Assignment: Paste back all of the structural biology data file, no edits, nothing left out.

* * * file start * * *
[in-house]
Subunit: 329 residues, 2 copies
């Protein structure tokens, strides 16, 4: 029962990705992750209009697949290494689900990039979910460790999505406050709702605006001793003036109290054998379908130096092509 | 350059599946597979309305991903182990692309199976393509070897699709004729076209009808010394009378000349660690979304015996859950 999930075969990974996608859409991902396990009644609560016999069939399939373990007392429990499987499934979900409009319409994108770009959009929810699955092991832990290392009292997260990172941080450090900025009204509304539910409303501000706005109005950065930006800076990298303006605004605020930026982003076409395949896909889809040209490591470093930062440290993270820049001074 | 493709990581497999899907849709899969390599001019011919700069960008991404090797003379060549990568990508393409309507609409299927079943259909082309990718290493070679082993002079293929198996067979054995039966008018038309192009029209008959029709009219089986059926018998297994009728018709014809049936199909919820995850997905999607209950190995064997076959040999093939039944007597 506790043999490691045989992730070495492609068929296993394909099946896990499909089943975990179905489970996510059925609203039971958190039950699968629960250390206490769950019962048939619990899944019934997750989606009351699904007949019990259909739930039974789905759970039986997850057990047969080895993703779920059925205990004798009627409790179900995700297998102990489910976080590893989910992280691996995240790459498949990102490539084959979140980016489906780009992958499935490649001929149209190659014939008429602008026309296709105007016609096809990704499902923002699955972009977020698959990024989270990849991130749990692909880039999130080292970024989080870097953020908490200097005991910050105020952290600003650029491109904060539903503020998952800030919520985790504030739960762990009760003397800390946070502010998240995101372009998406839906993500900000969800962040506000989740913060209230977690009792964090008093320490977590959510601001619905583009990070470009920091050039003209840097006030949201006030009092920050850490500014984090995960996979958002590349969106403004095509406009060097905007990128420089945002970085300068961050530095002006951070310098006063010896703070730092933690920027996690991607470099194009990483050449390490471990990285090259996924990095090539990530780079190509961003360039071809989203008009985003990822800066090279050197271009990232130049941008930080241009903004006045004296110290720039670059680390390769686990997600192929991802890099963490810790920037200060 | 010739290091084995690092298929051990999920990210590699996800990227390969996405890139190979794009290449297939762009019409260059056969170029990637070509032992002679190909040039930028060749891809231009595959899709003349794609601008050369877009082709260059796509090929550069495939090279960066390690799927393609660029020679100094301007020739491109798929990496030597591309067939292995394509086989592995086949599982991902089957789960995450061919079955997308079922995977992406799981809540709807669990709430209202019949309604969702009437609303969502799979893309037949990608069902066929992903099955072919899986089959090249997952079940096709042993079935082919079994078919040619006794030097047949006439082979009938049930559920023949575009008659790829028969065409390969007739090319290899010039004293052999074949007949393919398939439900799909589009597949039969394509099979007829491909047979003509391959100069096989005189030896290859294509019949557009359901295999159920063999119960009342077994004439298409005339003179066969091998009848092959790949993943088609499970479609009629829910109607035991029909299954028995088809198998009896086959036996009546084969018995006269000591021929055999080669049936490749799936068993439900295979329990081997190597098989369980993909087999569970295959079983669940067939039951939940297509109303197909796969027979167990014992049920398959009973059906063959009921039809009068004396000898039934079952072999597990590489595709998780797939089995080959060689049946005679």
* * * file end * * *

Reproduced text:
[in-house]
Subunit: 329 residues, 2 copies
């Protein structure tokens, strides 16, 4: 029962990705992750209009697949290494689900990039979910460790999505406050709702605006001793003036109290054998379908130096092509 | 350059599946597979309305991903182990692309199976393509070897699709004729076209009808010394009378000349660690979304015996859950 999930075969990974996608859409991902396990009644609560016999069939399939373990007392429990499987499934979900409009319409994108770009959009929810699955092991832990290392009292997260990172941080450090900025009204509304539910409303501000706005109005950065930006800076990298303006605004605020930026982003076409395949896909889809040209490591470093930062440290993270820049001074 | 493709990581497999899907849709899969390599001019011919700069960008991404090797003379060549990568990508393409309507609409299927079943259909082309990718290493070679082993002079293929198996067979054995039966008018038309192009029209008959029709009219089986059926018998297994009728018709014809049936199909919820995850997905999607209950190995064997076959040999093939039944007597 506790043999490691045989992730070495492609068929296993394909099946896990499909089943975990179905489970996510059925609203039971958190039950699968629960250390206490769950019962048939619990899944019934997750989606009351699904007949019990259909739930039974789905759970039986997850057990047969080895993703779920059925205990004798009627409790179900995700297998102990489910976080590893989910992280691996995240790459498949990102490539084959979140980016489906780009992958499935490649001929149209190659014939008429602008026309296709105007016609096809990704499902923002699955972009977020698959990024989270990849991130749990692909880039999130080292970024989080870097953020908490200097005991910050105020952290600003650029491109904060539903503020998952800030919520985790504030739960762990009760003397800390946070502010998240995101372009998406839906993500900000969800962040506000989740913060209230977690009792964090008093320490977590959510601001619905583009990070470009920091050039003209840097006030949201006030009092920050850490500014984090995960996979958002590349969106403004095509406009060097905007990128420089945002970085300068961050530095002006951070310098006063010896703070730092933690920027996690991607470099194009990483050449390490471990990285090259996924990095090539990530780079190509961003360039071809989203008009985003990822800066090279050197271009990232130049941008930080241009903004006045004296110290720039670059680390390769686990997600192929991802890099963490810790920037200060 | 010739290091084995690092298929051990999920990210590699996800990227390969996405890139190979794009290449297939762009019409260059056969170029990637070509032992002679190909040039930028060749891809231009595959899709003349794609601008050369877009082709260059796509090929550069495939090279960066390690799927393609660029020679100094301007020739491109798929990496030597591309067939292995394509086989592995086949599982991902089957789960995450061919079955997308079922995977992406799981809540709807669990709430209202019949309604969702009437609303969502799979893309037949990608069902066929992903099955072919899986089959090249997952079940096709042993079935082919079994078919040619006794030097047949006439082979009938049930559920023949575009008659790829028969065409390969007739090319290899010039004293052999074949007949393919398939439900799909589009597949039969394509099979007829491909047979003509391959100069096989005189030896290859294509019949557009359901295999159920063999119960009342077994004439298409005339003179066969091998009848092959790949993943088609499970479609009629829910109607035991029909299954028995088809198998009896086959036996009546084969018995006269000591021929055999080669049936490749799936068993439900295979329990081997190597098989369980993909087999569970295959079983669940067939039951939940297509109303197909796969027979167990014992049920398959009973059906063959009921039809009068004396000898039934079952072999597990590489595709998780797939089995080959060689049946005679």